Twice this winter Brian Cashman has traded prospects for big leaguers. This is standard fare for the Yankees. The key to these trades is balancing immediate needs with those for the future. It’s far too easy to tip the scales in one direction, and we saw the Yankees blunder in this way over the past decade. This time around, however, it appears the Yankees managed their resources a bit better. They traded useful young players, but in return they received players who can help them in 2010 and beyond.
Despite widespread praise for the Yankees moves, a number of fans and analysts (more of the former than the latter) don’t like Brian Cashman’s dealings. They claim that he gave up too much for too little in return. But by which standard are they judging these moves? Are the detractors evaluating these moves by rigorous standards, or are they reacting emotionally to a business decision?
On The Book blog, Tom Tango notes two points upon which we should evaluate trades:
#1: What is the most outstanding player or package you can get back for a player or package?
#2: Are you better off keeping your player/package than the best outstanding offer on the table?
He then goes on to use the Javier Vazquez trade as an example.
Let’s take Javy Vazquez for Melky Cabrera + good-not-great prospect. If you are the Braves, is this the best you can get back? If not, you try to keep shopping. If it is, then you have to decide: am I better off trading?
If you are the Yanks and you want someone of Javy’s quality, is this the least you can give up? If not, you try to keep shopping. If this is the minimum you have to give up, then decide if you are still better off with the trade?
Looking at the Yankees situation, it seems that this was the least they could give up for a player of Vazquez’s ability. They pushed for Cliff Lee, but found the price too high. So they acquired a comparable pitcher for what we can presume a lower price. Would any other team trade the Yankees a pitcher of Vazquez’s ability for a similar package? We don’t know for sure, but it seems unlikely. The two teams matched up well because Atlanta sought to shed a starting pitcher, and the Yankees were in a position to absorb Vazquez’s salary.
The problem in evaluating trades, or even free agent signings, this way is that we’re not always privy to the unaccepted offers. Because of widespread rumor proliferation we learn more about these unaccepted offers than we ever have, but even now plenty of information never finds its way to us. That makes answering the first point difficult. If we do not know of other offers, then we can only answer the second part. Was the team better off keeping its players?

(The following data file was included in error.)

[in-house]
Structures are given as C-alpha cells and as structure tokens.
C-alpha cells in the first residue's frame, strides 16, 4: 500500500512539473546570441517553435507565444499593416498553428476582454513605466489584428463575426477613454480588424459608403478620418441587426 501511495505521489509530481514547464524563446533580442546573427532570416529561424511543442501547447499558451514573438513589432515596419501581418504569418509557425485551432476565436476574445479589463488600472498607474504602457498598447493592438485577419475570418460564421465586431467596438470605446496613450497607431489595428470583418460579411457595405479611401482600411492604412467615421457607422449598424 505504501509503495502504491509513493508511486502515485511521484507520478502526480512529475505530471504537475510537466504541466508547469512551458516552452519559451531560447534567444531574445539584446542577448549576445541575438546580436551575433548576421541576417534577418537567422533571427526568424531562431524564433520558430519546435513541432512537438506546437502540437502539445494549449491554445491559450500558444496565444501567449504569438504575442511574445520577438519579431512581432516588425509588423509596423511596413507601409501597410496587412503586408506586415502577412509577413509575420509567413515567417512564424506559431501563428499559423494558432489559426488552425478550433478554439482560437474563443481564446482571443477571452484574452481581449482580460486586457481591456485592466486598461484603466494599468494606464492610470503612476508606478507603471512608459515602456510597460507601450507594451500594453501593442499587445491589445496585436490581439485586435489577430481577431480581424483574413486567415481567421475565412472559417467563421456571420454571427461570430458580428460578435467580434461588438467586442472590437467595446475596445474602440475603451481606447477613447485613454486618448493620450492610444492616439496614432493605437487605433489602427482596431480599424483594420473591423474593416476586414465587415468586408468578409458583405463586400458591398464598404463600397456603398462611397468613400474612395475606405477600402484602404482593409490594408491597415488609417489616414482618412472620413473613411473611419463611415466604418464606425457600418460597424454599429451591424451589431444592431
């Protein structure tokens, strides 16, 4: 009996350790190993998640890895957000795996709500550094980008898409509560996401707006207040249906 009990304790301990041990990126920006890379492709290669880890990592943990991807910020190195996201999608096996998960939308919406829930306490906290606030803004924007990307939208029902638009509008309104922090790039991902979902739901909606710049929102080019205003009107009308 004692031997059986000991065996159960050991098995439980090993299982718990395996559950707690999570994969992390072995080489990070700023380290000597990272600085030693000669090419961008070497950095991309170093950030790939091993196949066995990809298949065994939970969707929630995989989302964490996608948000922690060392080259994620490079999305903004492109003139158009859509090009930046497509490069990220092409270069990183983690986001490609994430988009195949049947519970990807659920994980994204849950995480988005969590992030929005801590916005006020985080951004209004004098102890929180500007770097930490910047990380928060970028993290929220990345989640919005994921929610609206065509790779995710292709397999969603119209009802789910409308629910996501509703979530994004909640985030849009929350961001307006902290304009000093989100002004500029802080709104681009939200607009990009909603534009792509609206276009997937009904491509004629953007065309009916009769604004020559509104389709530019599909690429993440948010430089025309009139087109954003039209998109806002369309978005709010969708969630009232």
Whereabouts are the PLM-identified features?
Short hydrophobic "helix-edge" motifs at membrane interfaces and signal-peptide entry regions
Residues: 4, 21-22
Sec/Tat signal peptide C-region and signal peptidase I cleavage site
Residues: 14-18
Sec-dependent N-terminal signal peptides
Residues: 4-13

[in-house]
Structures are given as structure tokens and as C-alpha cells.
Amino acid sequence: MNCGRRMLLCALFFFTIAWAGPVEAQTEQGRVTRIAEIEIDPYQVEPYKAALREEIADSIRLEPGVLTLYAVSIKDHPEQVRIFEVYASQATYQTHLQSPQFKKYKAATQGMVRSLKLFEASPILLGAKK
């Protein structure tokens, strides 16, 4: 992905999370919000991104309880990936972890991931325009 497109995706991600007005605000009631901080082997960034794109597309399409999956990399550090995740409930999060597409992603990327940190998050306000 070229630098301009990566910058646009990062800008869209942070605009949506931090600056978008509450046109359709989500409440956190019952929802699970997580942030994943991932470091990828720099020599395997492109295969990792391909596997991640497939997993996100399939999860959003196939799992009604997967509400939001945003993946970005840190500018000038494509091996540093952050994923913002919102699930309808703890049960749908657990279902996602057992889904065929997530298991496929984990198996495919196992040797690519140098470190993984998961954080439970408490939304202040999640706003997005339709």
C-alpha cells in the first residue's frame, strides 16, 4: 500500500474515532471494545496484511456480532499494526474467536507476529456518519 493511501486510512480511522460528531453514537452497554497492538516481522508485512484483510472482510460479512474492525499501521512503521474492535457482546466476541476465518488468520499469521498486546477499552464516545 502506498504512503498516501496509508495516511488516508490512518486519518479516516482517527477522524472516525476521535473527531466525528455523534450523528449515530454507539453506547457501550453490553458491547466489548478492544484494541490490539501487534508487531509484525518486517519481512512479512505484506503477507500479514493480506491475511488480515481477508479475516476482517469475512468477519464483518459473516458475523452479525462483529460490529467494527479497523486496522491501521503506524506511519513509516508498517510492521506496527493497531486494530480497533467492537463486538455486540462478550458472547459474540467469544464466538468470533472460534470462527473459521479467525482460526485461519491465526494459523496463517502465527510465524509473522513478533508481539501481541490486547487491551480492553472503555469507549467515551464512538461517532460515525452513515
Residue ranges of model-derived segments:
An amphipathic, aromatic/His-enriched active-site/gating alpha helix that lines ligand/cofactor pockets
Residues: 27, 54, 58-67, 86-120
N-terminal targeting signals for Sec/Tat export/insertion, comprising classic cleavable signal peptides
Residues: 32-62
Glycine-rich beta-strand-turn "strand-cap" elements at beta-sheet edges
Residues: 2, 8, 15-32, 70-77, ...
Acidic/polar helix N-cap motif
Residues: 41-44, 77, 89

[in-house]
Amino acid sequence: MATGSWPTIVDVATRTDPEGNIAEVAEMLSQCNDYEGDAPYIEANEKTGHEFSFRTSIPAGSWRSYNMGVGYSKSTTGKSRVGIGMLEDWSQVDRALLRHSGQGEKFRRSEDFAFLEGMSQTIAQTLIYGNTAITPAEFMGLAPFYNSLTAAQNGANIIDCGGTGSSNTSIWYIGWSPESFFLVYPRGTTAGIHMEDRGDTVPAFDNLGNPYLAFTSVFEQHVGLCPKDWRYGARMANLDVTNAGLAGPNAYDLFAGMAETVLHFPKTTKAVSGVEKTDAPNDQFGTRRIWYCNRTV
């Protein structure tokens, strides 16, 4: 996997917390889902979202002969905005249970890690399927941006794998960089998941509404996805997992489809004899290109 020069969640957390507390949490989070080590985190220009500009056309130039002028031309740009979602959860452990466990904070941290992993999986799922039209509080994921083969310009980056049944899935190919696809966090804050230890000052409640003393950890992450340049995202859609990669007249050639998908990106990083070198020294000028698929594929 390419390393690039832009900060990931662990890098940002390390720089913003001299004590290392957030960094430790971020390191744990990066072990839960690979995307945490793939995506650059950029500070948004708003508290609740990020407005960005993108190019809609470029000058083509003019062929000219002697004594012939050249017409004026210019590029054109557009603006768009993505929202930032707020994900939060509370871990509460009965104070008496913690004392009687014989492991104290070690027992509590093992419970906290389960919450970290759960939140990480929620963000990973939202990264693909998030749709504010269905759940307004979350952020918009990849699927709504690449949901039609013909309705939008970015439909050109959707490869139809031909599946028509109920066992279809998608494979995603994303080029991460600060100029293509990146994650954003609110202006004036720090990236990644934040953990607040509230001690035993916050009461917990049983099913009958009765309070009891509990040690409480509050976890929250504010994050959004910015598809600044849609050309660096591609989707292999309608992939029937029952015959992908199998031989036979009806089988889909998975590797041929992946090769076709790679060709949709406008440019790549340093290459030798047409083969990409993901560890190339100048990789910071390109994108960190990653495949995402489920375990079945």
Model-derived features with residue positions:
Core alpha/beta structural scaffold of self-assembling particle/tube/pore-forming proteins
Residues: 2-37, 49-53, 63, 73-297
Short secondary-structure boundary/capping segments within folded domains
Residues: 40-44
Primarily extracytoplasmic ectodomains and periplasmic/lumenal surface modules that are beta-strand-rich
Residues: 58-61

Most debate about trades centers on the second question because we assume that the package accepted was the best available. So we’re back to the beginning. Everyone will express an opinion on the matter, and we’ll see views of all different types. Which ones should we buy, then, and which should we disregard? The good arguments will look something like Dave Cameron’s comment on the post regarding the Brandon Morrow trade (spurred by his initial comment and Tango’s follow-up). The bad ones will usually consist of a sentence or two that focus on one or two aspects while disregarding other, possibly more important, points.
(Another aspect Tango emphasizes naming possible alternatives. “If you think your team could have gotten more, or given up less, then list out the players. It makes no sense to have an opinion that your team could have gotten more or given up less, unless you actually say what they could have gotten more or what less they could have given up.” To an extent I agree, but since your trade proposal sucks, I do offer a note of dissent. Many times, the naming of names adds no value to the conversation.)
Dissenting opinions are, as always, welcome. Didn’t like the Vazquez trade because you don’t think Vazquez won’t perform in New York? Why do you think that? What, other than an aberrant second half of the season five years ago, suggests that Vazquez can’t handle the city? That’s the kind of discussion that we promote at RAB. Some might not agree with you, but if you lay it out in these terms we can at least respect that you made a coherent, well thought out argument.